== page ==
and thunderous sound design make the wave as scary as it is spectacular. B a y o n a ’s t e c h n i cal expertise belies a director with an ability to capture real human drama. Here, the wave does not form a large portion of the running time and is instead the set up for a harrowing family drama. Eldest son Lucas (Tom Holland) and mother Maria (Naomi Watts) are separated from the rest of their family.
From there, the spectacle is dropped down a notch as the focus becomes survival. If there were any gr umbles about the changing of ethnicity of the main characters, there can be no complaint about the actors drafted in to play the English family. In Naomi Watts, the family finds a fitting matriarch; strong-willed, selfless and vulnerable, her performance is one that could easily go over the top, but in the hands of as skilled an actress as Watts, it never does. Likewise Ewan McGregor, who never lets his performance stray in melodrama. But the highlight of the film is a breakout performance from Tom Holland. Playing stroppy eldest boy Lucas, the 16-yearold delivers one of the best film debuts ever.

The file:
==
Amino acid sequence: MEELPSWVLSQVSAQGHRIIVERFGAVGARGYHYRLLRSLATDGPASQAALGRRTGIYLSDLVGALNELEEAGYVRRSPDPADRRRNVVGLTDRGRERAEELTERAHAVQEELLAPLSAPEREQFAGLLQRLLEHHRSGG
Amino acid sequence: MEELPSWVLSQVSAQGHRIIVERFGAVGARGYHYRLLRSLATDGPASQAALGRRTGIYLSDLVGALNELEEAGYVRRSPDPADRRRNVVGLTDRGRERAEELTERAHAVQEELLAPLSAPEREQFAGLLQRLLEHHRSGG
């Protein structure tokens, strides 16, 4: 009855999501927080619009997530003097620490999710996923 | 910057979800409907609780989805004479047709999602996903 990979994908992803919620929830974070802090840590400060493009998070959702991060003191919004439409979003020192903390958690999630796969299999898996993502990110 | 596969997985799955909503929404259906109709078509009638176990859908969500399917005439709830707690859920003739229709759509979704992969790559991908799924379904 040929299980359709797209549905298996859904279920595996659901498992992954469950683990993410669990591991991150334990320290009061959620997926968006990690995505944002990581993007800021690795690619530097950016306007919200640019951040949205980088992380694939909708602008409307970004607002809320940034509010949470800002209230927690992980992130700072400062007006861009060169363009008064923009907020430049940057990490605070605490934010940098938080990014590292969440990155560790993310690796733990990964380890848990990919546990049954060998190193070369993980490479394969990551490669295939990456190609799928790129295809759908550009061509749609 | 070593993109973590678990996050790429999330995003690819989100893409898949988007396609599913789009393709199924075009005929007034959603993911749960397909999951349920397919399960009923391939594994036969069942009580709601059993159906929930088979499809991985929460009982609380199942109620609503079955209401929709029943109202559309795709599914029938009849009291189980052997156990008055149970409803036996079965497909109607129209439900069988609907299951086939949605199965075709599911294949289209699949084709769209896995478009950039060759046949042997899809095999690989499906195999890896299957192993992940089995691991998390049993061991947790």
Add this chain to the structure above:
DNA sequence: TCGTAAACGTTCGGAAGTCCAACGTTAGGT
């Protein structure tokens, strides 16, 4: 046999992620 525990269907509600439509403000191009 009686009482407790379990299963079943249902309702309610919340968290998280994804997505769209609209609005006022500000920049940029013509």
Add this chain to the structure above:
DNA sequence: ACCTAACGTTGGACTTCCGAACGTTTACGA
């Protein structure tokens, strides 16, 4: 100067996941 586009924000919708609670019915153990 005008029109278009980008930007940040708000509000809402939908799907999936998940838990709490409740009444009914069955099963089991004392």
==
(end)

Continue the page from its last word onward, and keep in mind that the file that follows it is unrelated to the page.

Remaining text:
17 January 2013 GAZETTE 29
GAMING TECH: TIMELESS ITEM GETS A SECOND WIND WITH AN UP-TO-DATE DESIGN
BYTES&PIECES WANT TO PAY TO CONTACT A VIP ONLINE?
Time will tell if the Pebble watch makes quite a splash GOSH. You wait a few weeks for some interesting games-related news, or a great new game to review to come along … and then it doesn’t. Which is why I’m once again taking a look at some technology news, as new games are still thin on the ground. First up, at the time of writing, the Consumer Electronics Show (CES) has just wrapped up in Las Vegas. Still very important to, well, pretty much any and all electronics firms – including IT developers – CES is always where you see the technology of tomorrow, today. In theory, terrific technologies and exciting new gadgets, and goods, go on show each year – all of which their makers hope will go on to sit in homes, offices and firms around the world. However, this year’s CES seems to have been pretty underwhelming, best summed up as “more of the same”, with the likes of bigger televisions, bendable OLED screens, and larger phones on show, leaving those in search of “the next big thing” a little underwhelmed. While, of course, new